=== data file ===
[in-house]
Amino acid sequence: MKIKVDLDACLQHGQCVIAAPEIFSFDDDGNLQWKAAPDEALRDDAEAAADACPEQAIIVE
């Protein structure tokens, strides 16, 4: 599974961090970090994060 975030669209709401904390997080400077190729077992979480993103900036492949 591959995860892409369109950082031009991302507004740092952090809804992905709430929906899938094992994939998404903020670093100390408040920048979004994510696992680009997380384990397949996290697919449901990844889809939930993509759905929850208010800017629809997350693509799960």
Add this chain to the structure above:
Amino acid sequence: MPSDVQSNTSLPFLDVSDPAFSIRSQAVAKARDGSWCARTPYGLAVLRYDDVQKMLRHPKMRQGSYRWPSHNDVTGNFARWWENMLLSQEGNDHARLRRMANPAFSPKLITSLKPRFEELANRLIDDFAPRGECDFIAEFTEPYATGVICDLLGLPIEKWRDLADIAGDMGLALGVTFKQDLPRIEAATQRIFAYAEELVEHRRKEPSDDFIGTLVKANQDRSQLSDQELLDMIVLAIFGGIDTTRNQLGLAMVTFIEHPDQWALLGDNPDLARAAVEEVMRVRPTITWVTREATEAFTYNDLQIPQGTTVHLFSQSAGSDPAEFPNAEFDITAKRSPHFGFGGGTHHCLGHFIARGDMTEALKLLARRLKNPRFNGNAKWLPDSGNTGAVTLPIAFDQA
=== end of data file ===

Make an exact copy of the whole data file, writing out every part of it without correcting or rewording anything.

[in-house]
Amino acid sequence: MKIKVDLDACLQHGQCVIAAPEIFSFDDDGNLQWKAAPDEALRDDAEAAADACPEQAIIVE
């Protein structure tokens, strides 16, 4: 599974961090970090994060 975030669209709401904390997080400077190729077992979480993103900036492949 591959995860892409369109950082031009991302507004740092952090809804992905709430929906899938094992994939998404903020670093100390408040920048979004994510696992680009997380384990397949996290697919449901990844889809939930993509759905929850208010800017629809997350693509799960």
Add this chain to the structure above:
Amino acid sequence: MPSDVQSNTSLPFLDVSDPAFSIRSQAVAKARDGSWCARTPYGLAVLRYDDVQKMLRHPKMRQGSYRWPSHNDVTGNFARWWENMLLSQEGNDHARLRRMANPAFSPKLITSLKPRFEELANRLIDDFAPRGECDFIAEFTEPYATGVICDLLGLPIEKWRDLADIAGDMGLALGVTFKQDLPRIEAATQRIFAYAEELVEHRRKEPSDDFIGTLVKANQDRSQLSDQELLDMIVLAIFGGIDTTRNQLGLAMVTFIEHPDQWALLGDNPDLARAAVEEVMRVRPTITWVTREATEAFTYNDLQIPQGTTVHLFSQSAGSDPAEFPNAEFDITAKRSPHFGFGGGTHHCLGHFIARGDMTEALKLLARRLKNPRFNGNAKWLPDSGNTGAVTLPIAFDQA